Tempo Adagio

Tempo Adagio film still shows a solarised image of a violinist playing

A 16mm music film by Kate Beaugié & Ewan Golder

Featuring the Sacconi Quartet playing Ludwig Van Beethoven String Quartet no. 14 in C♯ minor, Opus 131 | Movement 1: Adagio ma non troppo e molto espressivo’.

TEMPO ADAGIO was made as part of Kate Beaugié's Artist Residency with the Sacconi Quartet in 2021/2


Still of "Tempo Adagio" projected on the stage in the Ballroom of the Grand at ‘Beethoven on the Beach | Revisited'; A Light & Sound Installation, curated by Kate Beaugié, Folkestone, May 2022.

TEMPO ADAGIO was selected from almost 1300 entries to be one of 32 finalist to be shown at the Festival des Cinémas Différents et Expérimentaux in Paris on the 13th October 2023.

It was screened:
Cinéma Le Grand Action
5 rue des Ecoles
75005 Paris
Tarif Unique : 5€

At the Cinéma Le Grand Action, 13.10.23
Photo by Ewan Golder

Notes on the film by Kate Beaugié

"The subject of time is crucial in music; time is broken up into notes, with varying lengths of time, played at varying speeds, working with the meter of our hearts to slow us down or to speed us up.

Speed also influences the feelings from the music and our resulting emotion.

The movement used in our film, Movement no 1: "Adagio ma non troppo e molto espressivo" means slowly, but not too slowly, with much expression.

I also found that from arranging the performance on the beach, the time of the tides and the arc of the sun was very important. It made me realise our perception of time varies and is not strict and rigid, like the Roman's would have us believe.

My time is sculpted by the sun and the moon and my experience of living.

So as part of my residency with the Sacconi Quartet, I decided to make a time-based artwork in the form of a 16mm film.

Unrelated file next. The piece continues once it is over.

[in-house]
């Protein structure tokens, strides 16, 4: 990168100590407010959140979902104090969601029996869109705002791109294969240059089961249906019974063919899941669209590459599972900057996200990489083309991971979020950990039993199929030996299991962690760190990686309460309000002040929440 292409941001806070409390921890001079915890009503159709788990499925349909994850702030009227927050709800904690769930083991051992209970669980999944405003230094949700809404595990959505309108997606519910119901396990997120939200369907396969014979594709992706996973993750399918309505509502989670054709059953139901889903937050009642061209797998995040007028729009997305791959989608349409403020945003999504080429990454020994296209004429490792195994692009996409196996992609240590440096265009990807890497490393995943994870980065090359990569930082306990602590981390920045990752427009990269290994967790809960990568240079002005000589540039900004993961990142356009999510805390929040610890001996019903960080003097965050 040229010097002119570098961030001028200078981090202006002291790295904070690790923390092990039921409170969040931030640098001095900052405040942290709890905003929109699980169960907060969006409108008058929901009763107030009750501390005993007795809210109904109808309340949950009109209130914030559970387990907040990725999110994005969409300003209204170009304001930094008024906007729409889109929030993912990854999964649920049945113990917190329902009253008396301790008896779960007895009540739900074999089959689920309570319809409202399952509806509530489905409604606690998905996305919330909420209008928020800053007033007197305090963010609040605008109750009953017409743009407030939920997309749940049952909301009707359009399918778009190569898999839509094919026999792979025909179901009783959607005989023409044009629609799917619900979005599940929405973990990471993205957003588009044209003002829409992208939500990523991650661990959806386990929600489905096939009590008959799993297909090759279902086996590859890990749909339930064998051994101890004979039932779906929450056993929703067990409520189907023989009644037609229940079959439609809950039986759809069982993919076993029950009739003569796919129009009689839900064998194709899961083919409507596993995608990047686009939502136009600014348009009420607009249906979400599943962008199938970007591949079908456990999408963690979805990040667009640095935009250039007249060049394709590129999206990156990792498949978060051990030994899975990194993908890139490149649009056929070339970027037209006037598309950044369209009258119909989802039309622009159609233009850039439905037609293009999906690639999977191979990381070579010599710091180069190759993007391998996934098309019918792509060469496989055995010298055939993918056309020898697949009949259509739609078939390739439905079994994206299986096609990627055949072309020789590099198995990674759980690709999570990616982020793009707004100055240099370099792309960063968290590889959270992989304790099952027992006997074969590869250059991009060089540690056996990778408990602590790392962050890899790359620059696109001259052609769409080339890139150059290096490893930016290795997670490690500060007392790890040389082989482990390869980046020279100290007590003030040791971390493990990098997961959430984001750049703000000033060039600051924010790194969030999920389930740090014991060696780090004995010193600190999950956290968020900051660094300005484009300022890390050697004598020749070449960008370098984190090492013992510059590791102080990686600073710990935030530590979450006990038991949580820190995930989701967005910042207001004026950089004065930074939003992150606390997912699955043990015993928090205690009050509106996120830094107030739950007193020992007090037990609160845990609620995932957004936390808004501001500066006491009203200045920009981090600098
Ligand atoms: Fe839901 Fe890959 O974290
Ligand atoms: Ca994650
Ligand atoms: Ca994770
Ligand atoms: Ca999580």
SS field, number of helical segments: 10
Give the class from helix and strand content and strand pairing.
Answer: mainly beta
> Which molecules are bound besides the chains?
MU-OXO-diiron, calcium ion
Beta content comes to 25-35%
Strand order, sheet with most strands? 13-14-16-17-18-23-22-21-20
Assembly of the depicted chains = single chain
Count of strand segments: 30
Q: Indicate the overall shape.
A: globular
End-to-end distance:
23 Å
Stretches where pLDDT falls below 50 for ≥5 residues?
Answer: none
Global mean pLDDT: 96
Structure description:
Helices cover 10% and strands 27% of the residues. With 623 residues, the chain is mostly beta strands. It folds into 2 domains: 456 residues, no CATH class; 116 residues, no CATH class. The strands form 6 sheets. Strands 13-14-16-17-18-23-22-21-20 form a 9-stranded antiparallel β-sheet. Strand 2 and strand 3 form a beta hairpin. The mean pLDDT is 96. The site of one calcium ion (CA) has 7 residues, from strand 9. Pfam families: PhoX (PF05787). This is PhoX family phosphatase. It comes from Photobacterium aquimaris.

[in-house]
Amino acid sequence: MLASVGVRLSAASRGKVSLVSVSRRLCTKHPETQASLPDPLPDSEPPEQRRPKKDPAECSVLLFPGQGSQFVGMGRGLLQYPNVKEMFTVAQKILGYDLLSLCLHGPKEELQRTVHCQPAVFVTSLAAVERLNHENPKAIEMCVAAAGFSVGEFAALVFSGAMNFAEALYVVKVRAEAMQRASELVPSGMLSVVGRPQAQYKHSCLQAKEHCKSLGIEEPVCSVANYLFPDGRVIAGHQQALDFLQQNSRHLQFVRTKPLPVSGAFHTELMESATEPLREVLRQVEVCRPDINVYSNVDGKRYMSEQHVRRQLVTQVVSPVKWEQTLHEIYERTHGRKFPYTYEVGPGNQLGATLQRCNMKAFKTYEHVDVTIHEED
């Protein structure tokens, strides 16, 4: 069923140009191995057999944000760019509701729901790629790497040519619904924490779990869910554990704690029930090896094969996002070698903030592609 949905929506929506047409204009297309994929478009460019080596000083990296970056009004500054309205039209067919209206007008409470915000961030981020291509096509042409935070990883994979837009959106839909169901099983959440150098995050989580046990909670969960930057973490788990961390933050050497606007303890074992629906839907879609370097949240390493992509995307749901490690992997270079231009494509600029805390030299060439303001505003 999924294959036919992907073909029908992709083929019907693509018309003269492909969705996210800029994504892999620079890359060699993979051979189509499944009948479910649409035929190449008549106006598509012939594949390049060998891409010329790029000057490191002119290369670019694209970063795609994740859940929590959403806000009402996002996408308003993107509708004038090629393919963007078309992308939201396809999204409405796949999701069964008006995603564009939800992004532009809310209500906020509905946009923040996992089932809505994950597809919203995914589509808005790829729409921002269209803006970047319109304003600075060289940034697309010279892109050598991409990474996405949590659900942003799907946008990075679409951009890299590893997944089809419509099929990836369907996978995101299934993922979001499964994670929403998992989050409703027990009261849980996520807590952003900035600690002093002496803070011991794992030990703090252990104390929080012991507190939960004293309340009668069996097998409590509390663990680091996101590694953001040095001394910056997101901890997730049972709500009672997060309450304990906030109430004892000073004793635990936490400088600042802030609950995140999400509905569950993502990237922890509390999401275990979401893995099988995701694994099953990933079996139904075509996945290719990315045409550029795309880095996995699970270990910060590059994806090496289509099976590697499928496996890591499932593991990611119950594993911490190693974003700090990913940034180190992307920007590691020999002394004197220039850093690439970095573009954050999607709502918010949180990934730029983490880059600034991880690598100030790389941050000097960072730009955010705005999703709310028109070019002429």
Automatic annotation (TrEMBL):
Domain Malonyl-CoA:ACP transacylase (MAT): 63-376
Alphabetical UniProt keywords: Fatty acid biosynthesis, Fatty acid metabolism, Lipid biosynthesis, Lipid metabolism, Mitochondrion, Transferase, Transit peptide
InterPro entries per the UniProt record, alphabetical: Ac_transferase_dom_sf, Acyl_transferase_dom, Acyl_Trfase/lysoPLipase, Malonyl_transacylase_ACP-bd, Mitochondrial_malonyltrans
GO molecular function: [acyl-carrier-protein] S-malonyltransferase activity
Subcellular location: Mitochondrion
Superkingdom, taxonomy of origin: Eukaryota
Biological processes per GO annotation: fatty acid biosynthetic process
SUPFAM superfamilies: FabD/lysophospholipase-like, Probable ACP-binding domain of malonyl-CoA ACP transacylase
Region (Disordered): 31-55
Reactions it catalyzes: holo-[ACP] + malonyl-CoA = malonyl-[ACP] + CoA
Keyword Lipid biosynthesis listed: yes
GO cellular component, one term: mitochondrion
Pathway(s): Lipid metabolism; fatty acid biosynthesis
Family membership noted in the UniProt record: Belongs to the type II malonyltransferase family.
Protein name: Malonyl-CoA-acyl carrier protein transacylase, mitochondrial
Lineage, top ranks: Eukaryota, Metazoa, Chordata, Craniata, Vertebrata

16mm film was invented in 1923 and was an evolution of the film 35mm seen on the 'Silver Screen' or at 'The Flicks'.

Halving the width of the film made it more affordable/ accessible to experimental filmmakers and amateurs. There are 24 frames (stills) per second in film, but we can speed it up or slow down time by adjusting that number of frames.

In my filming, I made a number of time-lapses where I would click one frame at calculated intervals. In the time-lapse of the shadow of the arches moving down, I pressed the shutter once, every 5 seconds, for 1 hour which achieved 30 seconds of footage.

I changed our perception of time.

The first time I projected my film in my studio, it was so exciting. It must of felt like magic back in the early 20th century when photographic stills started to move at that speed and our minds were tricked into thinking we were watching a memory brought back from the past.

I took 4 x 3-minute films (which is 400ft of film footage) and developed it myself in my darkroom in Dover, with remote help from Nicky Hamlyn.

I gave Ewan about 9 minutes of usable footage to make a 7-minute film from…

Working with Ewan is a fun experience; he seems to disrupt my desired perfection and causes havoc with my expectations, so we find an interesting balance between order and chaos."

Kate Beaugié, September 2021


16mm film footage by Kate Beaugié.

Sound recorded and mixed by Andy Thomas-Emans.

Film edited by Ewan Golder.

© Ewan Golder & Kate Beaugié 2022.


Filmed in 2021/22 using 16mm film on Sunny Sands Beach, Folkestone, Kent, UK

Exhibited at the light and sound event 'Beethoven on the Beach Revisited' at The Grand, where the film was shown as an installation on the stage in The Ballroom.

Project supported by Sounds Folkestone